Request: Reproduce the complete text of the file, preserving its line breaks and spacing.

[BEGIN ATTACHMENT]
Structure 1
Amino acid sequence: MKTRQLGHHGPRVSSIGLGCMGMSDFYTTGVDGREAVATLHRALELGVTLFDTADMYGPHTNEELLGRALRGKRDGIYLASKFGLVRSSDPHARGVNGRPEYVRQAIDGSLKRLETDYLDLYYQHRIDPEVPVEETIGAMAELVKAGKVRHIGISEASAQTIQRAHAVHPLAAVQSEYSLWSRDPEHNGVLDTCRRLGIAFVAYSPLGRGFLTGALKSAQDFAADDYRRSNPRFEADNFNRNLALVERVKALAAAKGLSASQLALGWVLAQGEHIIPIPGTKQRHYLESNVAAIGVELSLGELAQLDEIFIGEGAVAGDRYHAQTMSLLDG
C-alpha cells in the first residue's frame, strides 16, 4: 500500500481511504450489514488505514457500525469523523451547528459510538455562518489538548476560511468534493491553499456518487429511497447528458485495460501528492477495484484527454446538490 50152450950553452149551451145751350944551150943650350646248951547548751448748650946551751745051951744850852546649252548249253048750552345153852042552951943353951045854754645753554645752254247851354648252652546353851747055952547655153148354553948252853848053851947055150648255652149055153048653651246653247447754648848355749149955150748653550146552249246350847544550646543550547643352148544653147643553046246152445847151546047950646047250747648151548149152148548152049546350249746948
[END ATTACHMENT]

Structure 1
Amino acid sequence: MKTRQLGHHGPRVSSIGLGCMGMSDFYTTGVDGREAVATLHRALELGVTLFDTADMYGPHTNEELLGRALRGKRDGIYLASKFGLVRSSDPHARGVNGRPEYVRQAIDGSLKRLETDYLDLYYQHRIDPEVPVEETIGAMAELVKAGKVRHIGISEASAQTIQRAHAVHPLAAVQSEYSLWSRDPEHNGVLDTCRRLGIAFVAYSPLGRGFLTGALKSAQDFAADDYRRSNPRFEADNFNRNLALVERVKALAAAKGLSASQLALGWVLAQGEHIIPIPGTKQRHYLESNVAAIGVELSLGELAQLDEIFIGEGAVAGDRYHAQTMSLLDG
C-alpha cells in the first residue's frame, strides 16, 4: 500500500481511504450489514488505514457500525469523523451547528459510538455562518489538548476560511468534493491553499456518487429511497447528458485495460501528492477495484484527454446538490 50152450950553452149551451145751350944551150943650350646248951547548751448748650946551751745051951744850852546649252548249253048750552345153852042552951943353951045854754645753554645752254247851354648252652546353851747055952547655153148354553948252853848053851947055150648255652149055153048653651246653247447754648848355749149955150748653550146552249246350847544550646543550547643352148544653147643553046246152445847151546047950646047250747648151548149152148548152049546350249746948